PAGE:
What is a financial advisor? Do you need one?

Abundance of money or lack of it creates a number of challenges. Even worse at times you don’t even know […]

What is a financial advisor?

Abundance of money or lack of it creates a number of challenges. Even worse at times you don’t even know if you have it or not. That is where financial advisors and planners come in. You need them in order to ascertain your financial status and manage your finances. This article will explore what financial advisors do, types of financial advisors and if you need one or not.

financial advisor or financial planner

What is the difference between a financial advisor and financial planner?

What is a financial advisor?

Financial Advisor is an umbrella term used in the financial services sector to refer to investment managers, financial consultants and financial planners. Financial advisor is not a term only preserved for human beings, certain algorithm based electronic applications like the RoboAdviser are also referred to as financial advisors. When loosely used, the term includes other professionals in the finance sector like accountants, brokers and bankers.

What is a financial advisor?

What is a financial planner?

In South Africa a financial planner is a person certified by the Financial Sector Conduct Authority (FSCA) to assist individuals and businesses plan towards their financial goals. Financial planners are a type of financial advisors who typically focus on offering holistic financial guidance in addition to services like accounting and investment management. For example, financial planners can help you answer questions like, “How do I save for buying a house, or retirement and my children’s college fund at the same time?”

In this article we will use the phrases ‘financial planner’ and ‘financial advisor’ interchangeable; however, it is important for us to keep in mind that there is difference between the two.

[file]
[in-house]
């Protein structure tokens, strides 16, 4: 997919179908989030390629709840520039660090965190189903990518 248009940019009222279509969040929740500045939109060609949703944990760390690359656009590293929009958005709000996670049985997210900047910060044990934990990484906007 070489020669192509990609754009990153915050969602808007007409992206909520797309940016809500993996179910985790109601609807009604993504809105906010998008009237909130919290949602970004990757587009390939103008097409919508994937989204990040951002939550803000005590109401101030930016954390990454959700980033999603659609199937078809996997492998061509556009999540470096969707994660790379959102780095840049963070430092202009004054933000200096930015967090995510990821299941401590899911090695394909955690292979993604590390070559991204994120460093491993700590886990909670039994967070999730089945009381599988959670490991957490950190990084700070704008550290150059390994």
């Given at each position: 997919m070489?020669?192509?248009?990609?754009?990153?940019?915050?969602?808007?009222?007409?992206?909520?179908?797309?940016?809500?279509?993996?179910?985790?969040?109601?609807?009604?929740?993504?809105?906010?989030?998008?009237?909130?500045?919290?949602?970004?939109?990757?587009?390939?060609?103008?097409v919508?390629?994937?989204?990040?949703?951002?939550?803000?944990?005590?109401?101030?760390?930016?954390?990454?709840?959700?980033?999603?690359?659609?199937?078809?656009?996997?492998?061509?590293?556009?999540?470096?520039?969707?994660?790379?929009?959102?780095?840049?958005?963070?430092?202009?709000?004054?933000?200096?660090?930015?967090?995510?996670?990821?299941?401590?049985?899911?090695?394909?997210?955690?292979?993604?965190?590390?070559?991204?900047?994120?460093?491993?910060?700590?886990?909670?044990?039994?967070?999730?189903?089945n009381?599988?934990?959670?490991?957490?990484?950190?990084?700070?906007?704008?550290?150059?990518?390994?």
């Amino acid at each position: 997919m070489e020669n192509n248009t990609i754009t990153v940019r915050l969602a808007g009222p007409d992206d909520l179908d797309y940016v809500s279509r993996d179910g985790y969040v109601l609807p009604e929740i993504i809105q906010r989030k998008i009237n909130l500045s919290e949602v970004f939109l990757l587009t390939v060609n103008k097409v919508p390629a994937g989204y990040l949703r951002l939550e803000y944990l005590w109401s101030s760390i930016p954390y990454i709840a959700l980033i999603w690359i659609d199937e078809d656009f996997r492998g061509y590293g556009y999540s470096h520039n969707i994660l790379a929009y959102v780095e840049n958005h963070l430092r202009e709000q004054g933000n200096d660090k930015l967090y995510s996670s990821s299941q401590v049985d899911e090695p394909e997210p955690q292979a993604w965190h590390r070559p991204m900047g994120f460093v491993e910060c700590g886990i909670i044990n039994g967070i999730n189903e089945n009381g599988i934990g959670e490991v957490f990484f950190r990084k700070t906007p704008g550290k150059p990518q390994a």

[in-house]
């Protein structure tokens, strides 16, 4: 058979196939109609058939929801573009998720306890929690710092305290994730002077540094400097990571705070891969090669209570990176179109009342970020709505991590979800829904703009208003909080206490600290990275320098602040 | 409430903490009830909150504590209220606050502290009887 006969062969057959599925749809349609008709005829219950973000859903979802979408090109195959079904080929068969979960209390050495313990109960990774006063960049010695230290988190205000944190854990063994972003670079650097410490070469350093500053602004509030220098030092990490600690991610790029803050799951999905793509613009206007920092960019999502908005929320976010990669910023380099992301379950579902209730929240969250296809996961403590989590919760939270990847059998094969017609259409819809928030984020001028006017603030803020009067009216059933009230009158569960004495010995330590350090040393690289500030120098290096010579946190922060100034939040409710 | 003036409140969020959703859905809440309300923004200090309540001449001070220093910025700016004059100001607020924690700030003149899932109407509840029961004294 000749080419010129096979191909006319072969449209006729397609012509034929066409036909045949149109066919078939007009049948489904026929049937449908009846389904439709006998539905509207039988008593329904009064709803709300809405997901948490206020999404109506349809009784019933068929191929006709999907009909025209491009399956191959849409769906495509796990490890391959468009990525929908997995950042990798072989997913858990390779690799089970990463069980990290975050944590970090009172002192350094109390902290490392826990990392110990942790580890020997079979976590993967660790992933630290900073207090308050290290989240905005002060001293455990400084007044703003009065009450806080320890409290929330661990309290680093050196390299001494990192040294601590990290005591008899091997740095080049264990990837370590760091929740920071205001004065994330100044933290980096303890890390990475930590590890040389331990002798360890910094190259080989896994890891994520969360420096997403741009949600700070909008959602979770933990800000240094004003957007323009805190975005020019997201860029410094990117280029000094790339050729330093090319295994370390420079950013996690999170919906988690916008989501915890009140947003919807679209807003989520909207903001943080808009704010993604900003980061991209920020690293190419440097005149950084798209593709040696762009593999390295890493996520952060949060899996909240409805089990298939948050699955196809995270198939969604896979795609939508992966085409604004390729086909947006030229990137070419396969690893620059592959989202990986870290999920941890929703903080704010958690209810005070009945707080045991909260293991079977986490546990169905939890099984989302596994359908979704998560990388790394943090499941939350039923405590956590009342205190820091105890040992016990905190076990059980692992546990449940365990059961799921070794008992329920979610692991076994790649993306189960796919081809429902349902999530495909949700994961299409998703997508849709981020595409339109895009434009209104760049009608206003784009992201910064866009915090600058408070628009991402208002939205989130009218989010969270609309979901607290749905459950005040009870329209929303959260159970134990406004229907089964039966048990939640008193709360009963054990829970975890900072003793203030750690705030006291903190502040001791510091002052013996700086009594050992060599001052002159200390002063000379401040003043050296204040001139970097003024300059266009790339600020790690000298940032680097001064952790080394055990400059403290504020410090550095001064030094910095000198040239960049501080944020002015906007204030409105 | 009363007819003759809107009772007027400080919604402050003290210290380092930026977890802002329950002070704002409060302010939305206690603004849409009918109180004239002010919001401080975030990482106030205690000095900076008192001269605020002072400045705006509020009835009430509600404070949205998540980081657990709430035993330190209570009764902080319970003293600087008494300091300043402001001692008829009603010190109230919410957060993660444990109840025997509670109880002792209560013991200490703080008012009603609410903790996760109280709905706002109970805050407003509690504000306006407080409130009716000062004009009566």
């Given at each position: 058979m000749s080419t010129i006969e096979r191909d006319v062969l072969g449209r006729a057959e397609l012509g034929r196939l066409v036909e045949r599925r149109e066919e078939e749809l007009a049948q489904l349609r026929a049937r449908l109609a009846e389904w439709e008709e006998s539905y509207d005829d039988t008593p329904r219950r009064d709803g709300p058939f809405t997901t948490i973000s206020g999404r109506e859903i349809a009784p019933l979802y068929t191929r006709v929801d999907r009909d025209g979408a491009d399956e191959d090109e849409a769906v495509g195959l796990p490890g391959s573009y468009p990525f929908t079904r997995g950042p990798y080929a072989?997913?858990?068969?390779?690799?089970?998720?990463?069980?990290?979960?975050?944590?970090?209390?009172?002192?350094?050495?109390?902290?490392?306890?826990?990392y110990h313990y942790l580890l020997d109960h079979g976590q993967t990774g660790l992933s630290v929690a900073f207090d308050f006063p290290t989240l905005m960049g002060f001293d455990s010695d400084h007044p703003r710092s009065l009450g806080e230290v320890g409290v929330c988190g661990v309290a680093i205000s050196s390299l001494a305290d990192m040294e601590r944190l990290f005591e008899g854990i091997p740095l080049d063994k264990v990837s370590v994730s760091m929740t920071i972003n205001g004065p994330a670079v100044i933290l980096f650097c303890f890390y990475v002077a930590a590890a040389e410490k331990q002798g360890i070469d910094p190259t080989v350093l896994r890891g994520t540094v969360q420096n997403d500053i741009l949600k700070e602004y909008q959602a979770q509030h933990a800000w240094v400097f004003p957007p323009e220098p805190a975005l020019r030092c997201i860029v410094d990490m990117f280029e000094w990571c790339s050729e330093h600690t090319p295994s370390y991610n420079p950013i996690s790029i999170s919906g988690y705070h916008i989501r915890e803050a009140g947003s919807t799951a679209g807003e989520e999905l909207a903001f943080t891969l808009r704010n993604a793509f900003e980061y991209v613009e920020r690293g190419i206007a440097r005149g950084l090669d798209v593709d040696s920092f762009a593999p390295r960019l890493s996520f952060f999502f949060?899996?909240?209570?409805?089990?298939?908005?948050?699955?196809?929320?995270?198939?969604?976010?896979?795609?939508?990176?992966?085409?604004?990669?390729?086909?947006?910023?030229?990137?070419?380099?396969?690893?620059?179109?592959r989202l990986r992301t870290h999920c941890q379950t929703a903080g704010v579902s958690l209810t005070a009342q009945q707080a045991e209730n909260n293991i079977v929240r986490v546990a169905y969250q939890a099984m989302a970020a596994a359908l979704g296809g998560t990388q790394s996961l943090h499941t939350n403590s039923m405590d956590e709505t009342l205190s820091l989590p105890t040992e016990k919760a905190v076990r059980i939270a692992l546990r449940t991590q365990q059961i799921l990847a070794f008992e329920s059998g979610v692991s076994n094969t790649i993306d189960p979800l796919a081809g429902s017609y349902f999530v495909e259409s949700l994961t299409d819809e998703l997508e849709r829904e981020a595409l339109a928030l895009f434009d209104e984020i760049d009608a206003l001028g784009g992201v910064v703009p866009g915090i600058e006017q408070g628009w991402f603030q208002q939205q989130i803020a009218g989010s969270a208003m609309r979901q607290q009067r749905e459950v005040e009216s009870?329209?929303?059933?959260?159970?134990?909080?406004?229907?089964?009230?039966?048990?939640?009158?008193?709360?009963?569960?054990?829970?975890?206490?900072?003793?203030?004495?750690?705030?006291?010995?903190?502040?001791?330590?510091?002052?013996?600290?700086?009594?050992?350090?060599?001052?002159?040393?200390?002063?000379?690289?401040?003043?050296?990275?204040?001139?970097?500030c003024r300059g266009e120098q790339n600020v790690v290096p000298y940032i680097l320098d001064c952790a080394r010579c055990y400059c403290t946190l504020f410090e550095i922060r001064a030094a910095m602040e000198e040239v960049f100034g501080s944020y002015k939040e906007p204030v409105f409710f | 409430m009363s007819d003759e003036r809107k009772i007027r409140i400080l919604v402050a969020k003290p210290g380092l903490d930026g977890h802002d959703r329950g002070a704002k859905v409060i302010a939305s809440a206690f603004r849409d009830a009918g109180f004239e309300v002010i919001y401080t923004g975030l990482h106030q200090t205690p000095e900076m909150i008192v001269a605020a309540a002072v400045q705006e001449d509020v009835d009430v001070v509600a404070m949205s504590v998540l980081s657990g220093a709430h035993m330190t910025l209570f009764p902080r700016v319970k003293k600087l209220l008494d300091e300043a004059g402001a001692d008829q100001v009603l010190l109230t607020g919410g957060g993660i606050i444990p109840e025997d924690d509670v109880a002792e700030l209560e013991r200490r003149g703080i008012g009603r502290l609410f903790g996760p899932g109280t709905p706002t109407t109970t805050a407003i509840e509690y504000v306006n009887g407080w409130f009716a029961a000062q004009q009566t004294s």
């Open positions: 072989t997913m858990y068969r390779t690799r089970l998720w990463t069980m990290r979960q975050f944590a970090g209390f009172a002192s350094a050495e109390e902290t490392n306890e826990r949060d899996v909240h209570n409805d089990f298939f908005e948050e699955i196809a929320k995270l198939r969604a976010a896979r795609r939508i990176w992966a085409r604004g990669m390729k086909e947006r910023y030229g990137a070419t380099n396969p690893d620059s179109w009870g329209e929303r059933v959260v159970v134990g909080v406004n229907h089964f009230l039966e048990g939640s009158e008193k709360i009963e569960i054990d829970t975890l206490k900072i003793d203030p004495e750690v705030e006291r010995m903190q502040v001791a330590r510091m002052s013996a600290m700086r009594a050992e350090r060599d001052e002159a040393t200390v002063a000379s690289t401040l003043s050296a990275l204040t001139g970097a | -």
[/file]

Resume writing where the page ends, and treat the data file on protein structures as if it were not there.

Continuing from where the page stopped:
What is a financial planner

What does a financial advisor do?

What a financial advisor does vary with each country, in South Africa the variance is dependent on the type of licence the financial planner or advisor holds. Generally speaking, a financial advisor assesses your current financial status, diving deep into assets, debts and expenses for the purposes of identifying areas that may need improvement.

A smart financial advisor will probably ask you about your goals and develop a plan to help you achieve them. That may mean calculating how much you should save for medium term purchases like houses and cars and long term savings like retirement, while making sure you have an adequate emergency fund. Furthermore, offering tax-planning suggestions or helping you refinance or pay off debt. Financial advisors also help invest your money, either by recommending specific investments or providing complete investment management.

Oftentimes, you can select which services will be most beneficial to you based on your needs. If you do not have much money or have a good grasp of your finances, you may opt for a robo-advisor, it is low cost but still gets the job of investment portfolio management done. Alternatively, if you are only skilled in making money but lacking in its management you may opt for an in-person advisor. In-person financial advisors are generally hands on and will usually go to great lengths in helping you understand your financial status, and options. 

What does a financial advisor do

8 types of financial advisors in South Africa

  1. Investment Advisors:

    In South Africa an investment advisor is a person or business licensed by the Financial Sector Conduct Authority (FSCA) to offer investment advice and or manage investment portfolios on behalf of clients. Investment Advisors are sometimes referred to as Stock Brokers. This is due to the prominent role they play in the buying and selling of stock at the Johannesburg Stock Exchange. Before engaging an investment advisor it is often wise to verify if they are licensed through the FSCA website.